JAOA/AACOM Medical Education  |   November 2018
Correlation of Personal Experience and Acquired Knowledge With Intent to Recommend Adjunctive Osteopathic Manipulative Treatment or Yoga for Patients With Chronic Low Back Pain
Author Notes
  • From the Western University of Health Sciences College of Osteopathic Medicine of the Pacific in Pomona, California (Dr Seffinger and Student Doctor Kitch); the University of Hawaii in Honolulu (Dr Hurwitz); Kent Hospital in Warwick, Rhode Island (Dr Quiamas); the Institute for Family Health in New York, New York (Dr Mervyn-Cohen); and Riverside University Health System in Palm Springs, California (Dr Lin). Drs Quiamas and Lin are second-year residents. 
  • Disclaimer: Dr Seffinger, an associate editor of The Journal of the American Osteopathic Association, was not involved in the editorial review or decision to publish this article. 
  • Financial Disclosures: None reported. 
  • Support: The study was funded by an educational research grant by the American Association of Colleges of Osteopathic Medicine. 
  •  *Address correspondence to Michael A. Seffinger, DO, Western University of Health Sciences College of Osteopathic Medicine of the Pacific, Department of NMM/OMM, 309 E 2nd St at College Plaza, Pomona, CA 91766-1854. Email: mseffinger@westernu.edu
     
Article Information
Neuromusculoskeletal Disorders / Osteopathic Manipulative Treatment / Pain Management/Palliative Care / Low Back Pain
JAOA/AACOM Medical Education   |   November 2018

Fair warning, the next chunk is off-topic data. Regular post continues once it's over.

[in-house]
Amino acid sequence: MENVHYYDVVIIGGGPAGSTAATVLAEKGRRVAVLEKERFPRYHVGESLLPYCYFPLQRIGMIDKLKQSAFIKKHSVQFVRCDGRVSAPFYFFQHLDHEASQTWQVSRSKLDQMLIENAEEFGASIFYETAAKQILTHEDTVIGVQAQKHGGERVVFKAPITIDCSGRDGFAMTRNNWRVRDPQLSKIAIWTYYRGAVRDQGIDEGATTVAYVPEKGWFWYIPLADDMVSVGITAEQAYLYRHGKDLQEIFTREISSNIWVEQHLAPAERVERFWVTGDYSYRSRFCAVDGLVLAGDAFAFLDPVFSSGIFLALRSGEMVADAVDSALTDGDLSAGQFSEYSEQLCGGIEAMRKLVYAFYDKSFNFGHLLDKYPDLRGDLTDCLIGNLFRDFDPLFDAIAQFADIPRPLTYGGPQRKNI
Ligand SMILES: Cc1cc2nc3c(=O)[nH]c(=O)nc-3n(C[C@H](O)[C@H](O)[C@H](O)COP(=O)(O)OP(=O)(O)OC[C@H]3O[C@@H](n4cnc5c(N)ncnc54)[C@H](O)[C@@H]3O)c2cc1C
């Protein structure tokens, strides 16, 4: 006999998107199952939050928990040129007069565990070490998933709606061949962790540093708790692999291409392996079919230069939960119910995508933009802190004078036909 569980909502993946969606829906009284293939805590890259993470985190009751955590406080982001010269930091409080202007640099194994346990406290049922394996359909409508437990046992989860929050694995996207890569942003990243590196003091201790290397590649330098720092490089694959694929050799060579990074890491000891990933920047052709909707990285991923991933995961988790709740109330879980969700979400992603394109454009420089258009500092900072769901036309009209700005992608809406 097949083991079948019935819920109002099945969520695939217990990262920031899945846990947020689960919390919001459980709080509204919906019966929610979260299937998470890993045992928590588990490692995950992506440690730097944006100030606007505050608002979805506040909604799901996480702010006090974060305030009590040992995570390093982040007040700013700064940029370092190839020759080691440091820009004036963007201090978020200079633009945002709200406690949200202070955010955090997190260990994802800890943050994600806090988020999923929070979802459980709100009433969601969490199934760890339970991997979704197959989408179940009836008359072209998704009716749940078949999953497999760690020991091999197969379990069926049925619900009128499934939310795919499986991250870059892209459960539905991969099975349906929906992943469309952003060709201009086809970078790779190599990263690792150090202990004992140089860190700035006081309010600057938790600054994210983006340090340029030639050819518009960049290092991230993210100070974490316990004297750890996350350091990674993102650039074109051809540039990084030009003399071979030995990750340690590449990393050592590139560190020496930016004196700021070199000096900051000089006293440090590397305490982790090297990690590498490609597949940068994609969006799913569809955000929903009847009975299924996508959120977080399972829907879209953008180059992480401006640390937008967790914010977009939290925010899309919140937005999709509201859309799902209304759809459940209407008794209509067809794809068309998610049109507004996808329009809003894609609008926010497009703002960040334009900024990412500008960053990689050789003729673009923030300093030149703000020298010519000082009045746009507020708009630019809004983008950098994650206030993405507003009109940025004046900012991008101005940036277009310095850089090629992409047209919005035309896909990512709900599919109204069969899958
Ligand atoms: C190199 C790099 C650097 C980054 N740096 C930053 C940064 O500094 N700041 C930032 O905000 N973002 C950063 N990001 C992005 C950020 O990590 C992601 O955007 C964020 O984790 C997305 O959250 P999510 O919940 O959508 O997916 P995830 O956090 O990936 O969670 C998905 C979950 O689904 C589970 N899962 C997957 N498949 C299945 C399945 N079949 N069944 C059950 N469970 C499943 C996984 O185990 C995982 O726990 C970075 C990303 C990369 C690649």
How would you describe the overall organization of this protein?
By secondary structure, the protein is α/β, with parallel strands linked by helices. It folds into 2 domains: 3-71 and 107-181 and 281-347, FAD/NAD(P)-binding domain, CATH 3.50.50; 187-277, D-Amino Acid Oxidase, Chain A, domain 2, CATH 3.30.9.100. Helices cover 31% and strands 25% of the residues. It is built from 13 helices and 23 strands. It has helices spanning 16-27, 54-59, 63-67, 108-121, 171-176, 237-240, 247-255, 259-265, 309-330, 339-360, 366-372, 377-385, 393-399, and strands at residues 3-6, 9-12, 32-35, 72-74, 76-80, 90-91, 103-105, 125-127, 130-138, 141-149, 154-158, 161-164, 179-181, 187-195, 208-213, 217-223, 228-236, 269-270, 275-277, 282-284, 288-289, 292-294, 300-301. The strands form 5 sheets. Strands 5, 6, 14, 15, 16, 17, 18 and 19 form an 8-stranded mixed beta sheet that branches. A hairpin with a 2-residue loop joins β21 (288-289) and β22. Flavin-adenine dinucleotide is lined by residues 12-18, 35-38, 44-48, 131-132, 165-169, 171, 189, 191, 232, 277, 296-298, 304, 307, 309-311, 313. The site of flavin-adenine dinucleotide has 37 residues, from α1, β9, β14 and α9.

Correlation of Personal Experience and Acquired Knowledge With Intent to Recommend Adjunctive Osteopathic Manipulative Treatment or Yoga for Patients With Chronic Low Back Pain
The Journal of the American Osteopathic Association, November 2018, Vol. 118, 738-745. doi:10.7556/jaoa.2018.159
The Journal of the American Osteopathic Association, November 2018, Vol. 118, 738-745. doi:10.7556/jaoa.2018.159
Abstract

Context: Osteopathic manipulative treatment (OMT) and yoga are both recommended by systematic reviews in the evidence-based research literature for low back pain management. It is unknown, to the authors’ knowledge, what the effect of personal experience with OMT or yoga, reading research articles on OMT or yoga, or both will have on medical students’ recommendations for these treatment options to future patients with chronic low back pain.

Objective: To evaluate the likelihood of osteopathic medical students recommending OMT or yoga to treat patients with chronic low back pain based on their personal experience or reading research articles that recommend OMT or yoga for patients with chronic low back pain.

Methods: In this prospective cohort study, researchers administered an anonymous 18-question online survey for osteopathic medical students. The survey included a patient vignette, 2 evidence-based articles, and multiple choice, yes/no, and Likert-type questions. Participants were recruited via email from all 4 years of medical school. Between-group differences in proportions were assessed with descriptive statistics and χ2 tests; differences within groups were assessed with the McNemar test; and Fischer exact tests were used when expected cell counts were less than 5.

Results: A total of 180 participants (100 male, 80 female) completed the study. Personal experience increased the likelihood of osteopathic medical students recommending OMT (P<.018) or yoga (P<.001) to a future patient or to a patient in a case vignette (P<.05) with chronic low back pain. Students who read research articles were more likely to recommend OMT to the case patient and future patients before and after reading the intervention article regardless of their experience (P<.001).

Conclusion: Personal experience and reading evidence-based research may increase the likelihood that osteopathic medical students will recommend OMT to future patients with chronic low back pain.

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